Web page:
By making Britain more connected, this ensures that any 'Green New Deal' works for all.
“Choo f**king Choo” – Steve Fleming
The next Labour government will face multiple crises, and to be honest in the long-term Brexit is not one of them. Regardless of whether we leave the European Union we will still have to deal with a legacy of Tory austerity and industrial policy (if we can call it that) since the 1980s that has led to the decline of manufacturing and a stagnation in living standards. Though our economy may have nominally grown over this period, GDP has increasingly become a statistic that has become divorced from people’s lived realities.
Nowhere is this felt more than in Britain’s rural areas, which overwhelming voted to leave the European Union. The socio-economic effects of the continued decline of working age populations in villages in towns are clear for all to see; communities are being destroyed and the countryside is becoming the preserve of the rich.
On top of this we must contend with the largest threat that humanity has ever faced. In 2018 the IPCC announced we have possibly as little as 12 years to prevent global warming exceeding 1.5 degrees. If we fail in this endeavour many ecosystems that we desperately rely on that are currently on the brink of collapse will no longer be able to take the strain of rising temperatures.
As UCL economist Mariana Mazzucato argues, these problems require a mission-led approach. We must treat tackling climate change like a moon mission or a war – the state must lead from the front to cajole the private sector into action in the national and global interest. This is what the Green New Deal means: transforming the state and the economy in order to halt climate change. This transformation is what makes it possible to build up a coalition of working class and environment interests, because we need to invest in skills, jobs, green infrastructure and the sustainable technology sector in order to make this green transition a reality.
Part of this means we need to change the way we travel, switching from private petrol-powered vehicles to public transport that uses clean energy. But while projects like High Speed 2 might allow those in the cities who have access to the benefits of globalisation to improve the way they travel, our current focus on the needs of sectors of the economy such as finance at the expense of towns, villages and green manufacturing will not solve either climate change or the social ruptures that led to the Brexit vote.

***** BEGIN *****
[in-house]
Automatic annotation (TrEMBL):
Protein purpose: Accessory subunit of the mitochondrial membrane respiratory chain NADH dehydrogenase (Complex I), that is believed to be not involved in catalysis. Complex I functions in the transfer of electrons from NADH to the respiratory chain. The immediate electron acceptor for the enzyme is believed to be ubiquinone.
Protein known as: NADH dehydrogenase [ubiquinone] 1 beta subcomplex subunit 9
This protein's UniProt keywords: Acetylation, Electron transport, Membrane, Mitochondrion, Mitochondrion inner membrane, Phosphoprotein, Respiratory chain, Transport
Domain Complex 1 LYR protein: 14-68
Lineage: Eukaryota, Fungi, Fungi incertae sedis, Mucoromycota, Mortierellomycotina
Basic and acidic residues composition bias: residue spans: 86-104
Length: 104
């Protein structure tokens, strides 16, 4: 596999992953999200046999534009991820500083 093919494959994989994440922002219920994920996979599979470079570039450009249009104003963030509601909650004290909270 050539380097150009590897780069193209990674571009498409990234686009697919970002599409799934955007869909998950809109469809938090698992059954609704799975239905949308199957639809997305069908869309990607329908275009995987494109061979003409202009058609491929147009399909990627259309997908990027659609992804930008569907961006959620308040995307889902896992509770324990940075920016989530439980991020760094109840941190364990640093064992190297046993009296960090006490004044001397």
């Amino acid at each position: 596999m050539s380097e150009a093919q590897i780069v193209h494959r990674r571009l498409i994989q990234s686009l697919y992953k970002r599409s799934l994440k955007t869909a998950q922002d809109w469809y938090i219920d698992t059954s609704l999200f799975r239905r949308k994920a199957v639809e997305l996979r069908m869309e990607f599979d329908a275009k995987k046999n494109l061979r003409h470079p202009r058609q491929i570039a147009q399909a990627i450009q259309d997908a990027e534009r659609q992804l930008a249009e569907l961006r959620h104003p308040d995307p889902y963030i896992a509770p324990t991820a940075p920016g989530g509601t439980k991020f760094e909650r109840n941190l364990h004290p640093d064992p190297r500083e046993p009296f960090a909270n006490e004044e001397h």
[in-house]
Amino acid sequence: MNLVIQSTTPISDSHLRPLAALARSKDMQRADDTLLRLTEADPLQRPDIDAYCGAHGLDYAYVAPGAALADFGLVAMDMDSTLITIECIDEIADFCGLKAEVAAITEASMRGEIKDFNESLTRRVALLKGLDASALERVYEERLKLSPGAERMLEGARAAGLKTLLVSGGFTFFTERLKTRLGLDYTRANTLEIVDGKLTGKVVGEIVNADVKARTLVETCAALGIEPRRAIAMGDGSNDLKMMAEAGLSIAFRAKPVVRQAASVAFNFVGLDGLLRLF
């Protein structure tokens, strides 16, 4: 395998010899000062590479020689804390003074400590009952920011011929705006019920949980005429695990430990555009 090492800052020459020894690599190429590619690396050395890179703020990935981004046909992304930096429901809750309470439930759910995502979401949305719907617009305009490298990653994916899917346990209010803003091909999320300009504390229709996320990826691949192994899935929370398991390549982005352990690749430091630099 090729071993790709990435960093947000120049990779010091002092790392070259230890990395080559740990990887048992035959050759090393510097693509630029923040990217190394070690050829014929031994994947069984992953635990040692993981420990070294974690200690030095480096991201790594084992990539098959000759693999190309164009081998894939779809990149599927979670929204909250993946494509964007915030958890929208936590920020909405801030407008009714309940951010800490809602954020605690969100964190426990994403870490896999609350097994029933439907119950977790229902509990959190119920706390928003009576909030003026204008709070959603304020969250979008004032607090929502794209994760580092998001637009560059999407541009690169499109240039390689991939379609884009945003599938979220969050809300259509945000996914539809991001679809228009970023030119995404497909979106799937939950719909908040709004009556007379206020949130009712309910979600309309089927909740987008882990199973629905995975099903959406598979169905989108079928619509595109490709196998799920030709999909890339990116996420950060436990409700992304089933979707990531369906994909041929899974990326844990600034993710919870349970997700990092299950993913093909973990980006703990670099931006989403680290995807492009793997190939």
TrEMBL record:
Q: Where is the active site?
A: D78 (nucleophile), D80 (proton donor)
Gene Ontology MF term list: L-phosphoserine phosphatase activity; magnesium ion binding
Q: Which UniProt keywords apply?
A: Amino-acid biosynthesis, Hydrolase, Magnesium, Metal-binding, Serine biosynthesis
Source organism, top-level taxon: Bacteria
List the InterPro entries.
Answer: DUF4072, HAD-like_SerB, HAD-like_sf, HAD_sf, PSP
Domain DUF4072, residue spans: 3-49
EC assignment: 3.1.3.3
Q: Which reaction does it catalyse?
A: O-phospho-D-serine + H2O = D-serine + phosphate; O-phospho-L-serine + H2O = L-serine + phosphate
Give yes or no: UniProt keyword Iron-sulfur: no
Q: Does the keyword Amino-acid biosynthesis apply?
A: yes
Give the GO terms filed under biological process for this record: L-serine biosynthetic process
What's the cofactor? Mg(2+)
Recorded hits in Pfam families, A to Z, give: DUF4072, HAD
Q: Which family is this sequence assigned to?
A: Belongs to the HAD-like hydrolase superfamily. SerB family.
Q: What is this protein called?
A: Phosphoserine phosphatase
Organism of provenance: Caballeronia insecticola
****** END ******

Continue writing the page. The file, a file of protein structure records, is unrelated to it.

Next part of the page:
Instead we need to connect up communities that were left isolated after the Beeching cuts in the 1960s. This would be an approach rooted in serving the needs of local people and recreating a sense of place that marries with our environment agenda. This sort of transformation has recently taken place in the Scottish Borders, where because of a new railway to Tweedbank young people are once again returning to rural areas. 64% of users of the line previously made their journey by car.
A joined-up national programme to reopen old rail routes would give the rail industry more confidence, driving down costs for individual lines. Furthermore, if the bulk of planning permission and compulsory purchase orders for the lines were granted by a Parliament, acting in partnership with local authorities, many of the delays and convoluted barriers that currently exist for new infrastructure projects could be avoided.
Identifying which lines to reopening is relatively easy. We should start with the routes given deemed to be a priority by the Campaign for Better Transport and we should start breaking ground as soon as we get into office.
Though mine is a vision deeply rooted in nostalgia, I am nonetheless deadly serious. To save our planet and our country we need a Green New Deal that works for rural communities, driving industry, jobs and power from the cities into towns and villages. These aims will only be reached if we rebuild the efficient arterial routes that were once the life blood of our country.